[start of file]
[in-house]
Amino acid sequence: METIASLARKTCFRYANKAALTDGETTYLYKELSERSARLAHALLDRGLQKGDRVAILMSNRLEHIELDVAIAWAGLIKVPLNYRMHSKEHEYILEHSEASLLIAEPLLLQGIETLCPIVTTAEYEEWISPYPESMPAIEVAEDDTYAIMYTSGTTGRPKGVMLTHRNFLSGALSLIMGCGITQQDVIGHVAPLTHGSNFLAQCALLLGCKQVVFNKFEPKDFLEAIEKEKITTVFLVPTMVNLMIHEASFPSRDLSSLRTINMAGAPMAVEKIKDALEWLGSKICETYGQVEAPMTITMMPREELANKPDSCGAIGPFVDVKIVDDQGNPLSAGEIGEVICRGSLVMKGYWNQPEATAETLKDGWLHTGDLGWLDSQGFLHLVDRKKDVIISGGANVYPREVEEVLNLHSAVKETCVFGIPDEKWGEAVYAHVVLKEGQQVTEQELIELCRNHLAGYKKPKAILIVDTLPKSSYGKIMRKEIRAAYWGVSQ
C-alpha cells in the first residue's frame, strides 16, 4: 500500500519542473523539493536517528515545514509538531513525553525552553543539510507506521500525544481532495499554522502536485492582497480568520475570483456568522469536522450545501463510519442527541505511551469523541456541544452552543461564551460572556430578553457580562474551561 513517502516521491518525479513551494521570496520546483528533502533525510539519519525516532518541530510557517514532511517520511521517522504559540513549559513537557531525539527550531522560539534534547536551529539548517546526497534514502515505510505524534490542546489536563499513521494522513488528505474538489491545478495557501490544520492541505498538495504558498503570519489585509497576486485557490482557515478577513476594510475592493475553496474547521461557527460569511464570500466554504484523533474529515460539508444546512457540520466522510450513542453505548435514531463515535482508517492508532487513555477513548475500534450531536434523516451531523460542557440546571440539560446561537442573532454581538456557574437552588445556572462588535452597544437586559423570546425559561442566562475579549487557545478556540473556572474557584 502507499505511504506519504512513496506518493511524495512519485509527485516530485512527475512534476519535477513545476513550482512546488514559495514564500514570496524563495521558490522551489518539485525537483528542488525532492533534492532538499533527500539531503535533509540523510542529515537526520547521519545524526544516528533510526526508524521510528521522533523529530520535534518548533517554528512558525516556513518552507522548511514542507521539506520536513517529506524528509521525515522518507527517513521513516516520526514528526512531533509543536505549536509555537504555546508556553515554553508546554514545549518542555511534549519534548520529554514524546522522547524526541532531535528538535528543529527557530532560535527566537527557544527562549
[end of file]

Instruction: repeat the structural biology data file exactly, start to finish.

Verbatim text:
[in-house]
Amino acid sequence: METIASLARKTCFRYANKAALTDGETTYLYKELSERSARLAHALLDRGLQKGDRVAILMSNRLEHIELDVAIAWAGLIKVPLNYRMHSKEHEYILEHSEASLLIAEPLLLQGIETLCPIVTTAEYEEWISPYPESMPAIEVAEDDTYAIMYTSGTTGRPKGVMLTHRNFLSGALSLIMGCGITQQDVIGHVAPLTHGSNFLAQCALLLGCKQVVFNKFEPKDFLEAIEKEKITTVFLVPTMVNLMIHEASFPSRDLSSLRTINMAGAPMAVEKIKDALEWLGSKICETYGQVEAPMTITMMPREELANKPDSCGAIGPFVDVKIVDDQGNPLSAGEIGEVICRGSLVMKGYWNQPEATAETLKDGWLHTGDLGWLDSQGFLHLVDRKKDVIISGGANVYPREVEEVLNLHSAVKETCVFGIPDEKWGEAVYAHVVLKEGQQVTEQELIELCRNHLAGYKKPKAILIVDTLPKSSYGKIMRKEIRAAYWGVSQ
C-alpha cells in the first residue's frame, strides 16, 4: 500500500519542473523539493536517528515545514509538531513525553525552553543539510507506521500525544481532495499554522502536485492582497480568520475570483456568522469536522450545501463510519442527541505511551469523541456541544452552543461564551460572556430578553457580562474551561 513517502516521491518525479513551494521570496520546483528533502533525510539519519525516532518541530510557517514532511517520511521517522504559540513549559513537557531525539527550531522560539534534547536551529539548517546526497534514502515505510505524534490542546489536563499513521494522513488528505474538489491545478495557501490544520492541505498538495504558498503570519489585509497576486485557490482557515478577513476594510475592493475553496474547521461557527460569511464570500466554504484523533474529515460539508444546512457540520466522510450513542453505548435514531463515535482508517492508532487513555477513548475500534450531536434523516451531523460542557440546571440539560446561537442573532454581538456557574437552588445556572462588535452597544437586559423570546425559561442566562475579549487557545478556540473556572474557584 502507499505511504506519504512513496506518493511524495512519485509527485516530485512527475512534476519535477513545476513550482512546488514559495514564500514570496524563495521558490522551489518539485525537483528542488525532492533534492532538499533527500539531503535533509540523510542529515537526520547521519545524526544516528533510526526508524521510528521522533523529530520535534518548533517554528512558525516556513518552507522548511514542507521539506520536513517529506524528509521525515522518507527517513521513516516520526514528526512531533509543536505549536509555537504555546508556553515554553508546554514545549518542555511534549519534548520529554514524546522522547524526541532531535528538535528543529527557530532560535527566537527557544527562549